A FANZINE chief today called on Premier League bosses to reduce ticket prices for supporters after the organisation struck a huge new TV deal worth £5billion.
Sky and BT Sport have combined to hike up the division’s British screening costs by 70 per cent, in a new £5.136billion deal to run from 2016 to 2019.
That’s a huge rise on the previous deal three years ago, when the rights were sold for a combined total of £3.018billion.
The Premier League will now net £113,000 a minute from their domestic television rights.
Martyn McFadden of SAFC supporters’ fanzine A Love Supreme, told the Echo that the increase in revenue generated should help to make ticket prices lower, but he isn’t hopeful that that’s what will happen.
“I’ve noticed that Sunderland’s away support has been up and down over the past few years, although we’ve sold out a lot this season,” said Martyn.
“If you look at our FA Cup game at Bradford on Sunday, the tickets are between £10 and £15, and they’ve all gone.
“So it would be nice if some of this ugly amount of money filtered its way back to the people who love the game, as opposed to being kept by the mercenaries who run it.”
SAFC announced earlier this week that all current season ticket prices will be frozen for the next campaign.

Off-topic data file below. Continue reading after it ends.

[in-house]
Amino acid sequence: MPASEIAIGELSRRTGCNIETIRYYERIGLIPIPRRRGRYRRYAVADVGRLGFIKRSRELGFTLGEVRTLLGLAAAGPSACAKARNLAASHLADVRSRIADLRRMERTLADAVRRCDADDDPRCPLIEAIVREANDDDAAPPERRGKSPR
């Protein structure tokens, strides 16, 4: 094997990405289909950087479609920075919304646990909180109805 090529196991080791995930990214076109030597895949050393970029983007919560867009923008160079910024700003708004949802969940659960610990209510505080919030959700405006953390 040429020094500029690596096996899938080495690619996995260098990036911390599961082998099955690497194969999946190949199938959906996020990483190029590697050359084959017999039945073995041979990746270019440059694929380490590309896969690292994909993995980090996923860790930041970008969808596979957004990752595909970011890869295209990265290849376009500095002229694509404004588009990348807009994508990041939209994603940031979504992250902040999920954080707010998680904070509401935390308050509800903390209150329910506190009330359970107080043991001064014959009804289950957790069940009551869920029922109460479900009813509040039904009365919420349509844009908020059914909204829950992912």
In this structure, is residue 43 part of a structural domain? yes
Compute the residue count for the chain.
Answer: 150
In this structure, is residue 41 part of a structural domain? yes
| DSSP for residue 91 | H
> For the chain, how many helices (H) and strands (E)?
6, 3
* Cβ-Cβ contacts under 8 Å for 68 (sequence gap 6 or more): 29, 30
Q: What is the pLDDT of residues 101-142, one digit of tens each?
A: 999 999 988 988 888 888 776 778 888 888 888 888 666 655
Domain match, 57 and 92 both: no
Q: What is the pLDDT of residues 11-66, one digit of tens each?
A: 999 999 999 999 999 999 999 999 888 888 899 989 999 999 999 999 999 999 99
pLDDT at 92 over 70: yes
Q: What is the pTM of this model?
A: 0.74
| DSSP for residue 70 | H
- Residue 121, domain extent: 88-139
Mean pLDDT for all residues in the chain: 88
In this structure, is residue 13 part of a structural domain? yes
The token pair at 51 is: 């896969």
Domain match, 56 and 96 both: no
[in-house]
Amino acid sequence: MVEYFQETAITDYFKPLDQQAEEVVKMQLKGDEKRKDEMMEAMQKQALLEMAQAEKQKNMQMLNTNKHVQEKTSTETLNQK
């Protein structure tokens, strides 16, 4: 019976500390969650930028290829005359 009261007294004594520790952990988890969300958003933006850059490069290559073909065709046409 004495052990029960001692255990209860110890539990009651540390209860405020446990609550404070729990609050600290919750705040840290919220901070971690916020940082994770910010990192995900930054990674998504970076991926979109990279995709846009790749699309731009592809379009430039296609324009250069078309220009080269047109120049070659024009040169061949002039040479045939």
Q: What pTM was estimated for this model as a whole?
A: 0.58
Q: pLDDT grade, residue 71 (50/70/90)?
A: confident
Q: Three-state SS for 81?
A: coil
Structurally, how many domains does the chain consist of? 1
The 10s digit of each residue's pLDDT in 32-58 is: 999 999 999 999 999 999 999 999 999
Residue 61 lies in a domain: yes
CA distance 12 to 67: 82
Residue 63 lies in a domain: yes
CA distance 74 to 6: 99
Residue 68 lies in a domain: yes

Martyn added that he would like to see the Premier League adopt the Football Supporters’ Federation’s Twenty’s Plenty call, to limit away fan tickets to £20 for adults.
“I think that is the way to go because if not, teams will be playing in empty stadiums,” he said.
“There’s definitely an oversaturation of the market and some of the football that certain clubs play, a bit like Sunderland at the minute, is very dull.
“There’s also an attitude that this is closing the door after the horse has bolted.
“People should have kicked off about this more than 20 years ago, when Sky was getting involved in football.
“In Germany, the fans have real power, prices have gone down, their attendances are up and the national team is capable of winning things, which you can’t say about England.”
Former England stars Gary Lineker, Jamie Carragher and Ian Wright now say a bigger percentage of the TV cash should go towards investment in grassroots football, and as well as reducing ticket prices for fans.
Labour’s shadow sports minister Clive Efford, said: “These are incredible sums of money and it would be nothing short of criminal if none of this extra money goes to expand participation at the grassroots of football.”
Premier League chief executive Richard Scudamore hit back though, claiming the league’s current three-year television deal will generate “more than £3billion in tax”.
“I think we need to go back to the facts: we currently give away on an annual basis something like £270million,” said Mr Scudamore.
“You’re looking at £800million that will be given away by the Premier League this term.
“We don’t need to do that, it’s because the clubs think it’s the right thing to do.”